Choosing the right mortgage company to work with is the most important step of the home loan process. Direct Lenders and Mortgage Brokers provide a valuable service and both provide benefits to the consumer. Understanding what to look for and asking the right questions will help ensure you’ve made the right choice when it comes to applying for a new mortgage.
There are important differences between a company that is a Direct Lender and a company that is a Mortgage Broker and both provide benefits to consumers. So what is the definition of a Direct Lender and a Mortgage Broker? A Direct Lender is a company that borrowers money from a bank (or another source) and then lends that money under the Direct Lenders name. Some times they “service” the loan (that means they send you the monthly bill) and some times they don’t.
Some Direct Lenders only borrower from one bank, others from multiple banks. A Mortgage Broker has the ability to work with a few different banks or dozens so their ability to offer the best terms is greater since they have many lending options to work with. Mortgage Brokers never service the loan; the company they work with does.
Working With A DL and a MB:
Let’s get into what it’s like working with a Direct Lender (DL) and a Mortgage Broker (MB). In this article we’re going to include “banks” in the Direct Lender category. When you talk to loan officers who work for a direct lender or mortgage broker they most likely will tell you about how great they are and how bad the other guy is.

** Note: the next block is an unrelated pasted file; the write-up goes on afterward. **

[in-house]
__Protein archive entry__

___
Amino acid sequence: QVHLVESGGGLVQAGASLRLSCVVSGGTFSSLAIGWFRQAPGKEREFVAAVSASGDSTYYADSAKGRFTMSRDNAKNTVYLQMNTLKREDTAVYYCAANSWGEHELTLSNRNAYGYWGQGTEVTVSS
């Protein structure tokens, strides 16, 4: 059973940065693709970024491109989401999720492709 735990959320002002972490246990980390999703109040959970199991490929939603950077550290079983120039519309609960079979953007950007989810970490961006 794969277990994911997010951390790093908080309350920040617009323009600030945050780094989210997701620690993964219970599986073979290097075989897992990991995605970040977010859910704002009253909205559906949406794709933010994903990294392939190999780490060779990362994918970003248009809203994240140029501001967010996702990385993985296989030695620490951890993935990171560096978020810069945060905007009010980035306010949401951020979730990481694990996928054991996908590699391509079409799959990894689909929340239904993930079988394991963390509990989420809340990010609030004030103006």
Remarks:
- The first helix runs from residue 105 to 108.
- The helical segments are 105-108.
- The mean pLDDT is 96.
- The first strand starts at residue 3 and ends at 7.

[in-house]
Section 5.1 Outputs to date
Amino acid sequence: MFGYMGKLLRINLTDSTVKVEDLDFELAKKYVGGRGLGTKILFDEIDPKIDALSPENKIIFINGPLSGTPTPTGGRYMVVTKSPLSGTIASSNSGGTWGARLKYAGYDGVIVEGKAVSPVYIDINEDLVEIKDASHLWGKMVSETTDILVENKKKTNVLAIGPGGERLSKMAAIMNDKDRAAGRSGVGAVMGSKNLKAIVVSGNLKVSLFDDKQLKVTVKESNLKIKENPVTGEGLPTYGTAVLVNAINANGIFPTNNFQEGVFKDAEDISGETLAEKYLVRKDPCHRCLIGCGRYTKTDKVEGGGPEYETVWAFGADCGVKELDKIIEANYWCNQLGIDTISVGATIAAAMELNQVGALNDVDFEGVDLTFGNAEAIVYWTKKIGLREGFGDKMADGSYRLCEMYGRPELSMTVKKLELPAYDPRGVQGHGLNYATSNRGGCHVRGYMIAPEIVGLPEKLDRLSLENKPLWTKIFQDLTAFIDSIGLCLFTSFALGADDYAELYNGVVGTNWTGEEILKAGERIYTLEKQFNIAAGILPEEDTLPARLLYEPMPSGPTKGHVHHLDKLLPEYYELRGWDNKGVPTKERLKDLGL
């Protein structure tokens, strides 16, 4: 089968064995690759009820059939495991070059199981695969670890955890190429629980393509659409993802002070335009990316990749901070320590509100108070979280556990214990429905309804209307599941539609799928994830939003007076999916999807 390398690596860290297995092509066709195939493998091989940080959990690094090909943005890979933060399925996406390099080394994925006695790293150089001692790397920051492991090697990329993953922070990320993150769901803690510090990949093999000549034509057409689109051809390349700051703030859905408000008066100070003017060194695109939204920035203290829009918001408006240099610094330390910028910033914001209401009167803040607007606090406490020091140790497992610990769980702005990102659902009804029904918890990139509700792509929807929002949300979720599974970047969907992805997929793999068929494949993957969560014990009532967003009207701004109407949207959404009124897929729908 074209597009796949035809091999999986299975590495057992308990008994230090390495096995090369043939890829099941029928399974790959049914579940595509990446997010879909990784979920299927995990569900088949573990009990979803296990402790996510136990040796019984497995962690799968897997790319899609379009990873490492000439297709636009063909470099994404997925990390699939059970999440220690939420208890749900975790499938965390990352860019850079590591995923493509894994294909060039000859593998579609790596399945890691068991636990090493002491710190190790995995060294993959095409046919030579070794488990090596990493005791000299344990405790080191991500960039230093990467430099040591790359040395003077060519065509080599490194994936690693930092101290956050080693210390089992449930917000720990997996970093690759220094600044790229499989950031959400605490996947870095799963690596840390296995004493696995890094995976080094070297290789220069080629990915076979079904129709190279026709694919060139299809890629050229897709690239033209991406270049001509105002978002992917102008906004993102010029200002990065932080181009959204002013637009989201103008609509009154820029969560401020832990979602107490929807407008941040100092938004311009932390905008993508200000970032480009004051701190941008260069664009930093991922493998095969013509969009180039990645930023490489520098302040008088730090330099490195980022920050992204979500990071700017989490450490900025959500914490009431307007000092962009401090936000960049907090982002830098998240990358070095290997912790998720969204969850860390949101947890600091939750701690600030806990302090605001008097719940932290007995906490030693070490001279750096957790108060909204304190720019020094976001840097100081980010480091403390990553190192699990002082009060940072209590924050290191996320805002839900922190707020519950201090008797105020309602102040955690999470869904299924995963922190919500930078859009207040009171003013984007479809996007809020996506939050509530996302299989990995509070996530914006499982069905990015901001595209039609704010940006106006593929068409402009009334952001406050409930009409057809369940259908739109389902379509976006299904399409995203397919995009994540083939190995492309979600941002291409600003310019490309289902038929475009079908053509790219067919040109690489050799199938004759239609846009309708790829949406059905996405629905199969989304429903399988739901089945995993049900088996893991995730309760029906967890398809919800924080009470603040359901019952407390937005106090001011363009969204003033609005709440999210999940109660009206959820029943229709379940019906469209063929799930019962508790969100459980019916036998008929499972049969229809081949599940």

Getting a mortgage is hard enough; it doesn’t need to be made any harder by loan officers who want to bad mouth the competition. The truth of the matter is both have benefits and depending on market conditions one might have better interest rates and terms than the other. Make sure you know or have a real good idea of what your credit rating is before you begin to compare both options. Mortgage rates and terms can vary from company to company so it’s important to compare.
The Sales Pitch:
The favorite sales pitch from a loan officer at a direct lender is “It’s our money and we make the rules!” or “Using a mortgage broker means you’ll have to pay them extra since it’s not their money” or “Why not cut out the middle man and go directly to the source.” This is to make the borrower think that if you work with a direct lender you’ll get one set of rules (that will work in your favor) and if you work with a mortgage broker you’ll get another (more restrictive rules).
Also it’s supposed to make the client think if they use a mortgage broker they’ll pay more in points and fees. All of this is far from the truth. Mortgage brokers are no more inclined to charge higher points and fees than Direct Lenders. In fact according to one study over 60% of all mortgage transactions are done via the mortgage broker channel. In the age of the internet and online shopping consumers are much more savvy and easily can compare mortgage rates and terms.